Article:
Open Journal of Anesthesiology
Vol.3 No.2(2013), Article ID:29614,2 pages DOI:10.4236/ojanes.2013.32025

Aliskiren: A New Harbinger of Hypotension?

Elliot I. Palmer1, Andrew Oken1,2

1Oregon Health & Science University (OHSU), Portland, USA; 2Veterans Affairs Medical Center (VAMC), Portland, USA.


Received January 23rd, 2013; revised February 27th, 2013; accepted March 11th, 2013

Keywords: Aliskiren; Renin Inhibitor; ACE Inhibitor; Hypotension; Anesthesia


We present a case of significant, persistent, and relatively refractory hypotension during general anesthesia in a reasonably healthy 50-year-old man thought to be caused by a direct rennin inhibitor. This case is of particular significance because the medication thought responsible for the hemodynamic abnormalities is a relatively novel antihypertensive agent and remains largely unknown to clinical anesthesia providers.

1. Introduction

The literature concerning intraand peri-operative management of patients taking ACE inhibitors and ARBs is plentiful, and includes many case reports, articles, and reviews; however, very little is currently written in these areas with respect to patients taking direct rennin inhibitors. We present a case of significant, persistent, and relatively refractory hypotension during general anesthesia in a reasonably healthy 50-year-old man thought to be caused by a fairly novel antihypertensive agent. This case is of particular significance because the medication thought responsible for the hemodynamic abnormalities is relatively new and largely unknown to clinical anesthesia providers. Additionally, this medication is rapidly gaining popularity as a preferred treatment for both hypertension and diabetic nephropathy.

2. Case Report

A 50-year-old man with cervical radiculopathy presented for outpatient ACDF. He had a medical history significant for hypertension, hyperlipidemia, AODM, GERD, and osteoarthritis. He reported good preoperative exercise tolerance and specifically denied any history of cardiopulmonary disease. His medication list consisted of ibuprofen, metformin, omeprazole, rosuvastatin, aliskiren + valsartan, and aspirin. The only medication taken on the day of surgery was Omeprazole and our patient had been npo for 8 hours as instructed.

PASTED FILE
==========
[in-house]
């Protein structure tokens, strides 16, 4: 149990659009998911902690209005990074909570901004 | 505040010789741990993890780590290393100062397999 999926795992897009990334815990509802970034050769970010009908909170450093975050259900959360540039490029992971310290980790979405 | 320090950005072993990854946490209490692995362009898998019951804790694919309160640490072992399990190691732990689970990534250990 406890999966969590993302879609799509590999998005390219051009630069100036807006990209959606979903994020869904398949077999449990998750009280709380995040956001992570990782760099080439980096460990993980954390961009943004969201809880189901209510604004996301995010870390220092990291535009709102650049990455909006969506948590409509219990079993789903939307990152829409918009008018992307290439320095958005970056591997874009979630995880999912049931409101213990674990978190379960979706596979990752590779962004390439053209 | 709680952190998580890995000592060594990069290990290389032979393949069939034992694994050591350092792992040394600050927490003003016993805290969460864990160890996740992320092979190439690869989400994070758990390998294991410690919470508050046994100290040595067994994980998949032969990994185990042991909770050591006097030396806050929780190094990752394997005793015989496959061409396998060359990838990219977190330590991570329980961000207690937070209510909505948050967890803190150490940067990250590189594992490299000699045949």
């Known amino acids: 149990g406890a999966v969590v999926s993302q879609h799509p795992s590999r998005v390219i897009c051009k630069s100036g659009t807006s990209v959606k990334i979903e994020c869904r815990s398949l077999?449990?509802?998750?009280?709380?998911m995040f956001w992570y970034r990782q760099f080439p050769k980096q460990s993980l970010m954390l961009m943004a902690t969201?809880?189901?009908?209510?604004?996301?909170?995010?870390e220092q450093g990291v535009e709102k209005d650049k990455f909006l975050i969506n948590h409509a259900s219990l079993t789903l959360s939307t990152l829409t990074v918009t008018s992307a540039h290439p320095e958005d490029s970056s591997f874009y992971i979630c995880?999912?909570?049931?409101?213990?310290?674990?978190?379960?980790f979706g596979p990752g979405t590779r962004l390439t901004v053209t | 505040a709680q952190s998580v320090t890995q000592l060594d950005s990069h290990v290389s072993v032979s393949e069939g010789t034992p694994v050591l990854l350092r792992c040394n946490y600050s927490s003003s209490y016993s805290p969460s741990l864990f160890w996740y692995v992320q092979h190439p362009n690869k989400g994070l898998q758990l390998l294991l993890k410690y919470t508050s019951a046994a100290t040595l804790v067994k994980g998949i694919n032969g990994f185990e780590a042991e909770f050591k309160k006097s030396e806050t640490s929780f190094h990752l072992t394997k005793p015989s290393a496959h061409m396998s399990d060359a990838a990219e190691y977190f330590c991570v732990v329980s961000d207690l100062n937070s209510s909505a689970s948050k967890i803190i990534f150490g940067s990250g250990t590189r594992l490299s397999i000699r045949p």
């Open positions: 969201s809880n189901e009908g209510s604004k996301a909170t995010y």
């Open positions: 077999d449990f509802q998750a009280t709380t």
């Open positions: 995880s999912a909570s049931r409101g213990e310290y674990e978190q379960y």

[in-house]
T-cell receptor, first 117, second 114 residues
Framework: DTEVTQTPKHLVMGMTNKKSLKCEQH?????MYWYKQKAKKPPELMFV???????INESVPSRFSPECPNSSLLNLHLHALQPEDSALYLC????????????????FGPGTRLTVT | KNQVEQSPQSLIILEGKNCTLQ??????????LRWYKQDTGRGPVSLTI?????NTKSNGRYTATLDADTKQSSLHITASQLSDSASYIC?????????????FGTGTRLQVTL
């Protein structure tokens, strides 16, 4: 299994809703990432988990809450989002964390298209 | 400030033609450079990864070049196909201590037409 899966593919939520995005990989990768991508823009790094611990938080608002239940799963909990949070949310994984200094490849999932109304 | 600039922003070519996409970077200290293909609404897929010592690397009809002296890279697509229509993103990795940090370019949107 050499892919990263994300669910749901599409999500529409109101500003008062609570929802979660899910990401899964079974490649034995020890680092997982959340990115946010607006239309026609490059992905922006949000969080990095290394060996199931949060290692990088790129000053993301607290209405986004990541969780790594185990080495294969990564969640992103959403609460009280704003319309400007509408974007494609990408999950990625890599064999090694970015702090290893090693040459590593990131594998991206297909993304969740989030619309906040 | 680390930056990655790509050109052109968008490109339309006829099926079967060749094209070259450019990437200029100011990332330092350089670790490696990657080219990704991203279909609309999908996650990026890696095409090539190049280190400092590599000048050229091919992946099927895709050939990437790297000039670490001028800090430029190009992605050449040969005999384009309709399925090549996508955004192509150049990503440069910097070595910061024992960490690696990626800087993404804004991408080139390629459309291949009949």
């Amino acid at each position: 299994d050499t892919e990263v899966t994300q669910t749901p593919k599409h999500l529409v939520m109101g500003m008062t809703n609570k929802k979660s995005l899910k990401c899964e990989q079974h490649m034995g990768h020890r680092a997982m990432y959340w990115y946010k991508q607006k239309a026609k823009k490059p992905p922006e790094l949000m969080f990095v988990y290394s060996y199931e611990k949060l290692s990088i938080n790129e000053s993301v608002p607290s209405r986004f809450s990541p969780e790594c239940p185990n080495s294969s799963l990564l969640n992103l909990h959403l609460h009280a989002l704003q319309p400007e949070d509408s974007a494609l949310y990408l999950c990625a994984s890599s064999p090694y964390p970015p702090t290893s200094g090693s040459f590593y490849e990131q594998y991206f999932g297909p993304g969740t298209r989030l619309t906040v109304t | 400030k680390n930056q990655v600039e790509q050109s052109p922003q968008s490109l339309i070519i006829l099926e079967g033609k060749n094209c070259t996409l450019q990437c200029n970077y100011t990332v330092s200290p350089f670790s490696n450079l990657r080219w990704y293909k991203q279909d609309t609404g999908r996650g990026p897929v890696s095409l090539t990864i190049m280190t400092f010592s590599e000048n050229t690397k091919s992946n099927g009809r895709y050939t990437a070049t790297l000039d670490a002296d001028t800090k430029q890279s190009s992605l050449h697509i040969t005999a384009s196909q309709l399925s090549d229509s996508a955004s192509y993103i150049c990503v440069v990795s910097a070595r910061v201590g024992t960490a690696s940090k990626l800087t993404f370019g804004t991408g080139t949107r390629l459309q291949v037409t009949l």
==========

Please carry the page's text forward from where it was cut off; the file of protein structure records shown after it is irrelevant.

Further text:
General Anesthesia was induced with fentanyl 2 mcg/ kg followed by Propofol 1.3 mg/kg. Endotracheal intubation was facilitated with rocuronium 0.5 mg/kg and anesthesia was maintained with sevofluorane in oxygen. Immediately following induction, the patient developed hypotension that did not respond as expected to bolus doses of IV fluids (1.5 L LR), phenylephrine, epinephrine, and vasopressin and that was not corrected by surgical stimulation. During this period the ECG was unchanged, breath sounds were clear and bilateral, and airway pressures remained normal. There were no clinical signs to suggest significant hypovolemia, cardiac dysfunction, or an anaphylactic or anaphylactoid reaction. The patient did have a history of AODM, but not of any sequelae or complications of that disease that might suggest autonomic insufficiency as an etiology. The patient was maintained on ~0.6 MAC sevoflurane in oxygen throughout the surgery. There was no notable blood loss. Throughout the 2.5 hour anesthetic, the patient received 2000 mcg of phenylephrine, 50 mcg of epinephrine, and 5 units of vasopressin in bolus doses along with continuous infusions of epinephrine (0.2 mcg/kg/min) and phenylephrine (0.8 mcg/kg/min) to maintain a MAP > 55 mmHg. At the conclusion of the operative procedure, emergence from general anesthesia resulted in a prompt and sustained correction of the patient’s hemodynamic disturbance. He required no further treatment in the PACU and was discharged home as planned.